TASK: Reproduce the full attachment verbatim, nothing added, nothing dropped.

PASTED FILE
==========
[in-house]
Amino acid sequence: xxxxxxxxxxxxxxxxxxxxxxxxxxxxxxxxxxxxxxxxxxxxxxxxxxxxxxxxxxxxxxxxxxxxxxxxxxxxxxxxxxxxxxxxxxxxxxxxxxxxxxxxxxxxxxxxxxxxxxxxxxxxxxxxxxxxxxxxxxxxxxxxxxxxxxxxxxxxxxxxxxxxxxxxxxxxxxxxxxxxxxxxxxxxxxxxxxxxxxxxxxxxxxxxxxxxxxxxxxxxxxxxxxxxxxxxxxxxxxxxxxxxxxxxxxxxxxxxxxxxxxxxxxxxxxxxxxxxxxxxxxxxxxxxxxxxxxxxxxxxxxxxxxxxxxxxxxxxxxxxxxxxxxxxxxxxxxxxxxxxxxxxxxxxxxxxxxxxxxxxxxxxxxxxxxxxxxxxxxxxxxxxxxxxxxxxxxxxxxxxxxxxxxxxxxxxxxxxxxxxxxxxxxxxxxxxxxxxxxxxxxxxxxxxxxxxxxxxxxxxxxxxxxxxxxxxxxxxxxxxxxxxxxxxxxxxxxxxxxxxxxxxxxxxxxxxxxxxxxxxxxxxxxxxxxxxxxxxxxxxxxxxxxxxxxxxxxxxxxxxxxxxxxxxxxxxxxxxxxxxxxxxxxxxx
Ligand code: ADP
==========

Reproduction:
[in-house]
Amino acid sequence: xxxxxxxxxxxxxxxxxxxxxxxxxxxxxxxxxxxxxxxxxxxxxxxxxxxxxxxxxxxxxxxxxxxxxxxxxxxxxxxxxxxxxxxxxxxxxxxxxxxxxxxxxxxxxxxxxxxxxxxxxxxxxxxxxxxxxxxxxxxxxxxxxxxxxxxxxxxxxxxxxxxxxxxxxxxxxxxxxxxxxxxxxxxxxxxxxxxxxxxxxxxxxxxxxxxxxxxxxxxxxxxxxxxxxxxxxxxxxxxxxxxxxxxxxxxxxxxxxxxxxxxxxxxxxxxxxxxxxxxxxxxxxxxxxxxxxxxxxxxxxxxxxxxxxxxxxxxxxxxxxxxxxxxxxxxxxxxxxxxxxxxxxxxxxxxxxxxxxxxxxxxxxxxxxxxxxxxxxxxxxxxxxxxxxxxxxxxxxxxxxxxxxxxxxxxxxxxxxxxxxxxxxxxxxxxxxxxxxxxxxxxxxxxxxxxxxxxxxxxxxxxxxxxxxxxxxxxxxxxxxxxxxxxxxxxxxxxxxxxxxxxxxxxxxxxxxxxxxxxxxxxxxxxxxxxxxxxxxxxxxxxxxxxxxxxxxxxxxxxxxxxxxxxxxxxxxxxxxxxxxxxxxxxxx
Ligand code: ADP